While the health scores should be taken with a grain of salt—and they differed depending on the index used in some cases—it makes sense that a diet that is healthy for the planet tends to be pretty good for us, too.

“Climate change is arguably one of the most pressing problems of our time, and a lot of people are interested in moving to a plant-based diet,” Diego Rose, Ph.D., MPH, the senior author of the study, said in a statement. “Based on our results, that would reduce your footprint and be generally healthy. Our research also shows there’s a way to improve your health and footprint without giving up meat entirely.”

How to apply these findings.

If you’re following a keto-style eating pattern and loving it, or you feel your best when you’re strictly paleo, there’s no need to completely revamp your diet. However, this study is a good reminder that our food choices have a bearing on our overall emissions. And making a few swaps can go a long way in reducing our environmental impact and improving our health. Here are a few to consider:


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Eat one less serving of red meat a day or week.

In previous research conducted by Rose4, when participants who had the least sustainable diets made just one sustainable food swap a day, it reduced their diet’s overall daily carbon and water footprint by up to 48.4%. Swapping out one serving of red meat can have the most impact, and plant-based proteins, mushrooms, and chicken are all lower-impact alternatives. Eating smaller portions of meat per meal is also a step in the right direction. “The American idea is that you have the main protein item as the center of your plate, but in a lot of cultures, the meats or the fish is used in a sauce,” Rose previously told mindbodygreen for an article about sustainable diets.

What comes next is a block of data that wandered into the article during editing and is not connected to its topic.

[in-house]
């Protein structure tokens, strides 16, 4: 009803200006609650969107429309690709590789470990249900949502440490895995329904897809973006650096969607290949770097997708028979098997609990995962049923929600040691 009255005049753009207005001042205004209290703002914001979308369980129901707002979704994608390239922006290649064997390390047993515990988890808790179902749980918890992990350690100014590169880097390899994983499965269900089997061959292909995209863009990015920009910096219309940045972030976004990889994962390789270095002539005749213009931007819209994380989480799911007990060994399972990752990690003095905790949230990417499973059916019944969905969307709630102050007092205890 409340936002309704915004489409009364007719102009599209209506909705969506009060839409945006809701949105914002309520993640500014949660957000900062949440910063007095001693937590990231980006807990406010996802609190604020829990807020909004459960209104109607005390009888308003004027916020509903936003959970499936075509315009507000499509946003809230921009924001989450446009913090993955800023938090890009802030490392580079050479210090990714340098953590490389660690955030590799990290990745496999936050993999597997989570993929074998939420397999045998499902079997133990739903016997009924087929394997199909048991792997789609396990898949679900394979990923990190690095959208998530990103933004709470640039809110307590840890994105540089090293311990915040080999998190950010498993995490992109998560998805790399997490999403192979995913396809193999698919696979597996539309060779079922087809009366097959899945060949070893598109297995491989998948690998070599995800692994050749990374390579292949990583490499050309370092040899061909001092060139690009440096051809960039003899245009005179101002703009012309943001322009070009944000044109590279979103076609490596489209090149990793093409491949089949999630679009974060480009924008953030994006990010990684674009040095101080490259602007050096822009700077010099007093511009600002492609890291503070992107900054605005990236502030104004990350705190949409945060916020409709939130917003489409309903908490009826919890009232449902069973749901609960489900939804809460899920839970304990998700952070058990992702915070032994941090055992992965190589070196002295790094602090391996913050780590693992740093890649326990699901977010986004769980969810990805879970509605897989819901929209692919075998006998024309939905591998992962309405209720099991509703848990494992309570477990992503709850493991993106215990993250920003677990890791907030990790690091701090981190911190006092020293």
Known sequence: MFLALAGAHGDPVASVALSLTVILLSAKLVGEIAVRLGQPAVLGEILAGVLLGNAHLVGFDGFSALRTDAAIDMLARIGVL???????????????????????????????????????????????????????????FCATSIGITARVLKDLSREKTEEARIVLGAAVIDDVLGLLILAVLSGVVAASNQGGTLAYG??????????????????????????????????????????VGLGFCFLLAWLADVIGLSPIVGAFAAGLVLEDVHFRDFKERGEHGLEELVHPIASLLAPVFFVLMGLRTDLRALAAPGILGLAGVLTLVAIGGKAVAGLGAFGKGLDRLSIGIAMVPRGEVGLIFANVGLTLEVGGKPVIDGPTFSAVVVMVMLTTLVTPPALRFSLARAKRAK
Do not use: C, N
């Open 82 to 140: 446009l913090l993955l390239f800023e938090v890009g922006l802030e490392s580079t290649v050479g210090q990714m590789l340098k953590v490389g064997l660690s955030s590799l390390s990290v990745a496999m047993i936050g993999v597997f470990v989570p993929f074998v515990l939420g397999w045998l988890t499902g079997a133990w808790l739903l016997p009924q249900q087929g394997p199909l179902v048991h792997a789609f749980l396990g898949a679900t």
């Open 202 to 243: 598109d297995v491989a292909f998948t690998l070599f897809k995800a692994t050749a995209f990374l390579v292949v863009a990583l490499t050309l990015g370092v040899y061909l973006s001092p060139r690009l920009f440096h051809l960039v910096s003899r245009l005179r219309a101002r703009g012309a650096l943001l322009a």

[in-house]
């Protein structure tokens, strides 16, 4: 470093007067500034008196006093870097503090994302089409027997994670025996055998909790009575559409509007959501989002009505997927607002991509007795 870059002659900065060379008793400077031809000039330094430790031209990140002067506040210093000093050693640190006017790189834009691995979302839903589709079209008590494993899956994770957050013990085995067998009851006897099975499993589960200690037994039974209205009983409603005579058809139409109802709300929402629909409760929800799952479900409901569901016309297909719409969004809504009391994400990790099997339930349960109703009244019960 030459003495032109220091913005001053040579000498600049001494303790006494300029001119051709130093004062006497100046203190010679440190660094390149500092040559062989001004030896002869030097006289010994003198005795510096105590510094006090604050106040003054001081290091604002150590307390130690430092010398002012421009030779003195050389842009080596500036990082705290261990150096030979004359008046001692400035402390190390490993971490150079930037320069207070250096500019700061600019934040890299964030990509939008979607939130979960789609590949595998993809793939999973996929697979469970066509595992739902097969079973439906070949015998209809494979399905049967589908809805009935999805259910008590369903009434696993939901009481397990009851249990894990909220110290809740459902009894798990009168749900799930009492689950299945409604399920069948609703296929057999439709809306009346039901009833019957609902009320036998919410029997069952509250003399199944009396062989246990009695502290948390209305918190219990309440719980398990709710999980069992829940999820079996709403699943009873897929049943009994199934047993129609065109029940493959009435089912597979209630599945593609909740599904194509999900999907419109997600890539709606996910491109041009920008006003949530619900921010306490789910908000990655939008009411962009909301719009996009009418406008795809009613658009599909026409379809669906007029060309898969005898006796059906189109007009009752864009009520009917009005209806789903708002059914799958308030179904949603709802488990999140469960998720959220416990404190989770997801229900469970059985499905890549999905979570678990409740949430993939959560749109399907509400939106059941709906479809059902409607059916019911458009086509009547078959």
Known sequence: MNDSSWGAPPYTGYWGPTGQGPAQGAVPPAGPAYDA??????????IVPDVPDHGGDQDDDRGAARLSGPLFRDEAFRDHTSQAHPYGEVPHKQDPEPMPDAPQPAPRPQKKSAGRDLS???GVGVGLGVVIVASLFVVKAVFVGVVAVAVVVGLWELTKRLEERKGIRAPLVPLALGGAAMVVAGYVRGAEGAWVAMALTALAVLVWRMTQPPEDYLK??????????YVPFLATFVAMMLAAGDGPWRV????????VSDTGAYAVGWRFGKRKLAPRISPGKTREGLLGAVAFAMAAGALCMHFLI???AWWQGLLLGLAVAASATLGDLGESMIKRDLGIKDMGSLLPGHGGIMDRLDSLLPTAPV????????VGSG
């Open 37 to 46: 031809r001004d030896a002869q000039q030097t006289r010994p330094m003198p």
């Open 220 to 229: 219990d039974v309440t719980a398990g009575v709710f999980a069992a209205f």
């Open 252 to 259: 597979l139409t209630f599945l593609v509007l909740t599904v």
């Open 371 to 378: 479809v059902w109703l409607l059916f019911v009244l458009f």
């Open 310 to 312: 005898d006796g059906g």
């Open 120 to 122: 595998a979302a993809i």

In addition to low-impact crops like legumes and mushrooms, seaweed is another food source with seriously sustainable potential. As the marine plant grows, it captures carbon, provides storm protection, and supports other aquatic life. You can incorporate the healthy sea veggie into your cooking or consume it in a concentrated powder like mindbodygreen’s organic veggies+, a USDA-certified organic blend of organic leafy greens, root vegetables, berries, and more in every tasty scoop. Veggie powders can be incorporated into soups, added to smoothies, and sprinkled onto salads for a quick hit of sustainable nutrition.


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Waste less and compost what’s left.

Sustainability isn’t just about what you’re eating; what you’re not eating matters too. Minimize your food scraps using these handy cooking tricks, and responsibly dispose of any remaining food with this beginner’s guide to composting.

The takeaway.

New research found that the paleo and keto diets scored the worst for both their carbon footprints and health quality. Eating healthily and sustainably is far from black and white, but take this as your daily reminder to consider the planet every time you load up your plate.

If you are pregnant, breastfeeding, or taking medications, consult with your doctor before starting a supplement routine. It is always optimal to consult with a health care provider when considering what supplements are right for you.